by Brad Leftwich
The Freight Hoppers are one of the tightest and
most driving old-time string bands of the younger generation and are reaching
a wide audience these days. They record for Rounder. Photo
by Fredrick Park
Two circumstances drew me to old-time music and influenced the directions
my interests have taken: in contrast to the stereotypical Northern urban
revivalist, I grew up in Oklahoma; and there is in fact a tradition of
Appalachian music in my family, who moved west from Virginia shortly after
the turn of the century. Although I'm interested in my heritage, it's
not very typical (whose is?), and I don't put much stock in it musically.
I've always believed musicians should be judged by their mastery of the
idiom, not by geography or lineage. Many of the modern masters of the
old-time genre have been drawn to the music of the rural South across
cultural, ethnic, even national boundaries.
Speaking as someone with a deep personal connection to this rare, beautiful
music, I believe the revival's most important legacy is in bringing it
to wider audiences. The old-time culture where it was shaped may be fading,
but the music has attracted talented musicians who have ushered it into
the present as a living tradition.
My generation came to this music in the late sixties and seventies through
a variety of doors. Some of us, including me, were pursuing family or
regional traditions; others found old-time music through the wider folk
music scene. Some were bluegrass fans who became interested in the roots
of their music; others were folklore students who learned about it in
college; yet others were record collectors who discovered it on old disks.
A few simply had out-of-the-blue conversion experiences upon hearing bands
such as the New Lost City Ramblers or Highwoods in concert.
The sixties and seventies were a time of idealism, and for many people
traditional music and dance seemed a perfect fit with the values that
inspired the "back to the land" movement. Regardless of politics,
I believe most of us saw the traditional arts as embodying timeless, lasting
values - an antidote to the commercial, disposable culture of the mainstream.
Besides, playing music and dancing were a lot of fun. People soon discovered
those activities were a great way to socialize, and scenes that began
with only a few core people often snowballed into full-size communities.
A remarkable thing about old-time music in the early seventies was its
ubiquity. The time just seemed to be ripe. Around the country, people
were learning to play and dance; hosting house parties and jam sessions;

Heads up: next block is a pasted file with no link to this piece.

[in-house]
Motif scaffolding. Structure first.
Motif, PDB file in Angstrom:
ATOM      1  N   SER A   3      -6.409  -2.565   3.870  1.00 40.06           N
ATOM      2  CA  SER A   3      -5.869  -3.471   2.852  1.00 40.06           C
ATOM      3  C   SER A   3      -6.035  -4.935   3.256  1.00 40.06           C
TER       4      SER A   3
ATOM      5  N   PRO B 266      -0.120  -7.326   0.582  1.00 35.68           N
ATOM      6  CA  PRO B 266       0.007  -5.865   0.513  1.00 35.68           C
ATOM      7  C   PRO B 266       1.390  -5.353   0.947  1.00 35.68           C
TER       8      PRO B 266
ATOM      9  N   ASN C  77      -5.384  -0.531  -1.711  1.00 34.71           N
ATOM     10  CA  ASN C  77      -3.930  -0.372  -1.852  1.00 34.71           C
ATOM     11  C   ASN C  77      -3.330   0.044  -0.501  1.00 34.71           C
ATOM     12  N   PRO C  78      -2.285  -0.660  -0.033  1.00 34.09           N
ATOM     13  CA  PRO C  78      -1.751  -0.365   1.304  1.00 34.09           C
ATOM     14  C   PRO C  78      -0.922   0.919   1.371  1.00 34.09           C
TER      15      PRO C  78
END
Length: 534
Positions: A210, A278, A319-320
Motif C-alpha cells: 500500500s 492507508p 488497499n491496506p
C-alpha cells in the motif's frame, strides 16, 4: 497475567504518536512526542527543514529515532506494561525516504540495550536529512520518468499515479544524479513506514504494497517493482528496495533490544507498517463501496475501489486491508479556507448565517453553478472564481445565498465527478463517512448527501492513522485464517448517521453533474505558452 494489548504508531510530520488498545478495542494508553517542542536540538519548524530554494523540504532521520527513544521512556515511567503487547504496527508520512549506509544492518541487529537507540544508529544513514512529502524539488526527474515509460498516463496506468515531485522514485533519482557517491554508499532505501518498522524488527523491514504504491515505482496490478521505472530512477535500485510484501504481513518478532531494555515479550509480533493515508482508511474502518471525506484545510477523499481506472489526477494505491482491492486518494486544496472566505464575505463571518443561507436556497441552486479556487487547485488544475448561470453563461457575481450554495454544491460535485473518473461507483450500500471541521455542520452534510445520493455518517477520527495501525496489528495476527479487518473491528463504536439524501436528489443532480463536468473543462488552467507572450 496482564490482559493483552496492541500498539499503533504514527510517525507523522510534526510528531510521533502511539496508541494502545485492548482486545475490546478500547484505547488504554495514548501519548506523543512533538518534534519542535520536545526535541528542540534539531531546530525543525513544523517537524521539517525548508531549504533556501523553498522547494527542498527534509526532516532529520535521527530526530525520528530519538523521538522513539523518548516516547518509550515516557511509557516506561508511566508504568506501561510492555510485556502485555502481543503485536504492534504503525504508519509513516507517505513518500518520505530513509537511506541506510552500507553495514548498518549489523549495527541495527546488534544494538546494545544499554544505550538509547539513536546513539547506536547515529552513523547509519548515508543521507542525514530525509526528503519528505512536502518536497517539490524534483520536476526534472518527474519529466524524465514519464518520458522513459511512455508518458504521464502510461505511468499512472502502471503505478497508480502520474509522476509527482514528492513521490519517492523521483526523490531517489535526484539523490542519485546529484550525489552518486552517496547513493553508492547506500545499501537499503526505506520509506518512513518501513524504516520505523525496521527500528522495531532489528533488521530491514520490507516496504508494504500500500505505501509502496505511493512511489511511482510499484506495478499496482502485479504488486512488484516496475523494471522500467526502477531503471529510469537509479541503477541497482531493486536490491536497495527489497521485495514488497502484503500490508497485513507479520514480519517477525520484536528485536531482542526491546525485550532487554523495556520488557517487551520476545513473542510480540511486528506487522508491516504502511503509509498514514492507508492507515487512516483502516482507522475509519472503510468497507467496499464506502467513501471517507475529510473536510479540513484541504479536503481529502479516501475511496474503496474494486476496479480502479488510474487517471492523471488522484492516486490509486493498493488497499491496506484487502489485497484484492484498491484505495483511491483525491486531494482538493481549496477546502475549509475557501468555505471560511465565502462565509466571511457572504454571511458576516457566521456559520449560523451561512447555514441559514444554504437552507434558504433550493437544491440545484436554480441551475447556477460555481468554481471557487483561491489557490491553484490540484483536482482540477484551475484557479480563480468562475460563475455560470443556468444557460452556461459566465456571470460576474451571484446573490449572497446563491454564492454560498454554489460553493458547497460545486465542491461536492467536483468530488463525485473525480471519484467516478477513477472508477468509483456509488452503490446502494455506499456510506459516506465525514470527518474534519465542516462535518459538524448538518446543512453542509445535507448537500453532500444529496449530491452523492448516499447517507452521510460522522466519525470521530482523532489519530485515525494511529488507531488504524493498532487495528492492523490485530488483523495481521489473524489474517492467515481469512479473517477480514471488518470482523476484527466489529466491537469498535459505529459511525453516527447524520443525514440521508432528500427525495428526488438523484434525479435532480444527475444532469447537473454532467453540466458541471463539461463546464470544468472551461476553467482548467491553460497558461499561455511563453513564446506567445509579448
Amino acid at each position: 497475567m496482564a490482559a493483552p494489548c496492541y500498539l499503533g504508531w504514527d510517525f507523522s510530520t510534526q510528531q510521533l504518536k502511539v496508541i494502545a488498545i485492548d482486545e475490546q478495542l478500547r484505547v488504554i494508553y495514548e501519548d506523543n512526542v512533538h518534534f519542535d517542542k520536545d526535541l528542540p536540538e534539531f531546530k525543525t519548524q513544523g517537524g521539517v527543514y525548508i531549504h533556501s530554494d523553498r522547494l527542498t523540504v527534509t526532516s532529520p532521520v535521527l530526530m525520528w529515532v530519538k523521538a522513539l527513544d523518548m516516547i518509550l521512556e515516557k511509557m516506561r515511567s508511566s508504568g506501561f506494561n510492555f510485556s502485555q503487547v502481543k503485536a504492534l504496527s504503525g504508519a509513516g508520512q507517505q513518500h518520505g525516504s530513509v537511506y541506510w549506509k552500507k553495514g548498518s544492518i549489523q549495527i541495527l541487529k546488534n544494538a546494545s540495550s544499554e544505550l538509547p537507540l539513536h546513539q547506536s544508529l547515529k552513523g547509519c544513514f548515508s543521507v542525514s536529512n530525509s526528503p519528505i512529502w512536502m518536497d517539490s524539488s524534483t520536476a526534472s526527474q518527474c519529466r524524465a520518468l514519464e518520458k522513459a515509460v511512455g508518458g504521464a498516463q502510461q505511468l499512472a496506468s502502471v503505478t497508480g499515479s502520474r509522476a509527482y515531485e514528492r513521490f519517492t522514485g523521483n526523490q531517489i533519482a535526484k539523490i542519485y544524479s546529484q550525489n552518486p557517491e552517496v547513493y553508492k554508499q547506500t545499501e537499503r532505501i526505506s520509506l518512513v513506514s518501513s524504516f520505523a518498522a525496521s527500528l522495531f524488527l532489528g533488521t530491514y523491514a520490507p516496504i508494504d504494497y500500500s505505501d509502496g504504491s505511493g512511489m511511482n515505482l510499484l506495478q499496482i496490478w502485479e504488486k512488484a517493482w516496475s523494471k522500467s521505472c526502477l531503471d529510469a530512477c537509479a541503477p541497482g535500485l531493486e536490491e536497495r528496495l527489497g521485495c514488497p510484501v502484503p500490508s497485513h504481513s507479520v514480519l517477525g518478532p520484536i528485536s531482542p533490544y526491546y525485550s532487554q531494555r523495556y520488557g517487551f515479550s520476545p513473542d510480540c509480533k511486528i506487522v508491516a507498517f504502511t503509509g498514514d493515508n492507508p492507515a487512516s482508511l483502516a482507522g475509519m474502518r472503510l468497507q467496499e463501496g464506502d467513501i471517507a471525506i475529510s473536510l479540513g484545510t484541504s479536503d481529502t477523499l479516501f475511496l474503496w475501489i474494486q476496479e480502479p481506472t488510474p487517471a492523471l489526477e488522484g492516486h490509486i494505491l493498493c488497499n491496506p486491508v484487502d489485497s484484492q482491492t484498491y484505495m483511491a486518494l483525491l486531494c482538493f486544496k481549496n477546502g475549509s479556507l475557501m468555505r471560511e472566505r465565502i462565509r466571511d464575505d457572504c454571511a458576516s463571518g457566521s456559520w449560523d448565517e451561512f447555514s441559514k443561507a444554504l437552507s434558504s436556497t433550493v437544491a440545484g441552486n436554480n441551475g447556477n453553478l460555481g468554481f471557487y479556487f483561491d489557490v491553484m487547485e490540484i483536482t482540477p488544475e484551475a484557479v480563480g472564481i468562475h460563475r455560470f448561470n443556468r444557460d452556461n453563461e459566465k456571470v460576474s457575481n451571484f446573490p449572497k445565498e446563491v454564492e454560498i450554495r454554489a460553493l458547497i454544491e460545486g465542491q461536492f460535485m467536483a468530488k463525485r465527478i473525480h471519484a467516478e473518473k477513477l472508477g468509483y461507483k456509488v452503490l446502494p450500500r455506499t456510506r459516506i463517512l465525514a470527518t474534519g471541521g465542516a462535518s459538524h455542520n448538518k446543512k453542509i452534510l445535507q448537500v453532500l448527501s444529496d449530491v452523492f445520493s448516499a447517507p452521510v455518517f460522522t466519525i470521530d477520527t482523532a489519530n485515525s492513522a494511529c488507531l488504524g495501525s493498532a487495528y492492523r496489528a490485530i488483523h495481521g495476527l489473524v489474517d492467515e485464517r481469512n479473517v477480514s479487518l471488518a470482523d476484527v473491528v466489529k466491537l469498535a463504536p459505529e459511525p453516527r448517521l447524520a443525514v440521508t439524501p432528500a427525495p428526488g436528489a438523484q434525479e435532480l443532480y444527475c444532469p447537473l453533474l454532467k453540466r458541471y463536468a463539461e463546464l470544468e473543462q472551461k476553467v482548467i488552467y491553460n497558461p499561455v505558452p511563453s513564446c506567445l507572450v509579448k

establishing performing bands and clogging teams; and organizing community
dances and festivals. Local scenes sprang up like mushrooms. In college
I was amazed to meet others who shared my supposedly obscure interest.
At Southern fiddlers conventions and in the homes of older musicians I
visited, I ran into people from such far-flung communities as Lexington,
Virginia; Ithaca, New York; Bloomington, Indiana; and Berkeley, California.
The scene has matured in the years since. The activity and energy of the
seventies made available resources that have helped broaden and deepen
our understanding of old-time music and dance. The decade brought to light
many of the last old-timers, who had learned to play before the music
was influenced by the radio and recording industries. Recordings of old-time
music became plentiful and accessible. Many of the festivals and dances
founded in that period are still going strong at their twenty-fifth anniversaries.
Several performers of my generation have developed skills to rival the
best old-timers and are masters in their own right. My peers are now well
established in middle-age, and music and dance hold an integrated place
in our lives. And as the years slip by, we discover that we are becoming
the older generation, looked up to by those who just now are getting involved.
Although we come from diverse backgrounds, the old-time music scene with
its festivals and conventions, camps, dances, parties, personalities,
performers, record labels, tape-swapping networks, and so forth has given
us a great common ground for sharing our love of American traditional
Brad Leftwich has been playing banjo and fiddle and singing for more than
twenty-five years. He has performed solo and with the Plank Road Stringband,
Leftwich & Higginbotham, and the Humdingers; won the fiddle contest
at the Appalachian String Band Music Festival in Clifftop, West Virginia;
and is noted for his ability to teach traditional music.
Lornell, Kip. 1992. Introducing American Folk Music. Madison:
Brown & Benchmark.
Old-time Herald, the quarterly magazine for the old-time music
community. 1812 House Ave., Durham, NC 27707.
Wolfe, Charles K. 1977. Tennessee Strings: The Story of Country Music
in Tennessee. Knoxville: University of Tennessee Press.
Anthology of American Folk Music (6-CD boxed set). Smithsonian
Folkways SFW 40089. Available in August 1997.
Old-time Music on the Air, Vol. 1. Rounder 0331.
Cohen, John. That High Lonesome Sound, a video compilation of
three films on Roscoe Holcomb, Sara and Maybelle Carter, and Dillard Chandler
and others. Shanachie Video.
Seeger, Mike. Talking Feet, a video/book documentary of solo
Southern dance (flatfoot, buck, hoedown, and tap). Flower Films 1150.
Berkeley: North Atlantic Books.